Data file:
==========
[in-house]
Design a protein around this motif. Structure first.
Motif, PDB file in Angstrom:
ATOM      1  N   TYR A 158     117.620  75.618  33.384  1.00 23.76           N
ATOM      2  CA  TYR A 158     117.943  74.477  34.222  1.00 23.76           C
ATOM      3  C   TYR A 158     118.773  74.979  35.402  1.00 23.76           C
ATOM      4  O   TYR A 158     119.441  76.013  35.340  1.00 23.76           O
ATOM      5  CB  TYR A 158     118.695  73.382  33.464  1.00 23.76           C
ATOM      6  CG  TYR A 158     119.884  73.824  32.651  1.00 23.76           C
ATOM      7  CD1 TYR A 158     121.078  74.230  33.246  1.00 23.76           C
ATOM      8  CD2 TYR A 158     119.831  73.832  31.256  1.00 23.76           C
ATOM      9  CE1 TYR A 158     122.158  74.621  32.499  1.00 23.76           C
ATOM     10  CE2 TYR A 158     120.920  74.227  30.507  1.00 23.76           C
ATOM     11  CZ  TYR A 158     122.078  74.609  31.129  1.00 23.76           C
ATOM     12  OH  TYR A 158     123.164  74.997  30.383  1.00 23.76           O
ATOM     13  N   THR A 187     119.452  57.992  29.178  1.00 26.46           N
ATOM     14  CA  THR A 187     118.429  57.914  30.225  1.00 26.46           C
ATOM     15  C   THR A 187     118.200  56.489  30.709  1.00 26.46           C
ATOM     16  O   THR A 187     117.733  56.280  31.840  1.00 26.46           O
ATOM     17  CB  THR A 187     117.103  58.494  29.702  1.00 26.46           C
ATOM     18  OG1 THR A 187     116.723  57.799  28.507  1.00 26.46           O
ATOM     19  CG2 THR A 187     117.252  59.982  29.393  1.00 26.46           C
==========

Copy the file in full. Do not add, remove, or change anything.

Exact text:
[in-house]
Design a protein around this motif. Structure first.
Motif, PDB file in Angstrom:
ATOM      1  N   TYR A 158     117.620  75.618  33.384  1.00 23.76           N
ATOM      2  CA  TYR A 158     117.943  74.477  34.222  1.00 23.76           C
ATOM      3  C   TYR A 158     118.773  74.979  35.402  1.00 23.76           C
ATOM      4  O   TYR A 158     119.441  76.013  35.340  1.00 23.76           O
ATOM      5  CB  TYR A 158     118.695  73.382  33.464  1.00 23.76           C
ATOM      6  CG  TYR A 158     119.884  73.824  32.651  1.00 23.76           C
ATOM      7  CD1 TYR A 158     121.078  74.230  33.246  1.00 23.76           C
ATOM      8  CD2 TYR A 158     119.831  73.832  31.256  1.00 23.76           C
ATOM      9  CE1 TYR A 158     122.158  74.621  32.499  1.00 23.76           C
ATOM     10  CE2 TYR A 158     120.920  74.227  30.507  1.00 23.76           C
ATOM     11  CZ  TYR A 158     122.078  74.609  31.129  1.00 23.76           C
ATOM     12  OH  TYR A 158     123.164  74.997  30.383  1.00 23.76           O
ATOM     13  N   THR A 187     119.452  57.992  29.178  1.00 26.46           N
ATOM     14  CA  THR A 187     118.429  57.914  30.225  1.00 26.46           C
ATOM     15  C   THR A 187     118.200  56.489  30.709  1.00 26.46           C
ATOM     16  O   THR A 187     117.733  56.280  31.840  1.00 26.46           O
ATOM     17  CB  THR A 187     117.103  58.494  29.702  1.00 26.46           C
ATOM     18  OG1 THR A 187     116.723  57.799  28.507  1.00 26.46           O
ATOM     19  CG2 THR A 187     117.252  59.982  29.393  1.00 26.46           C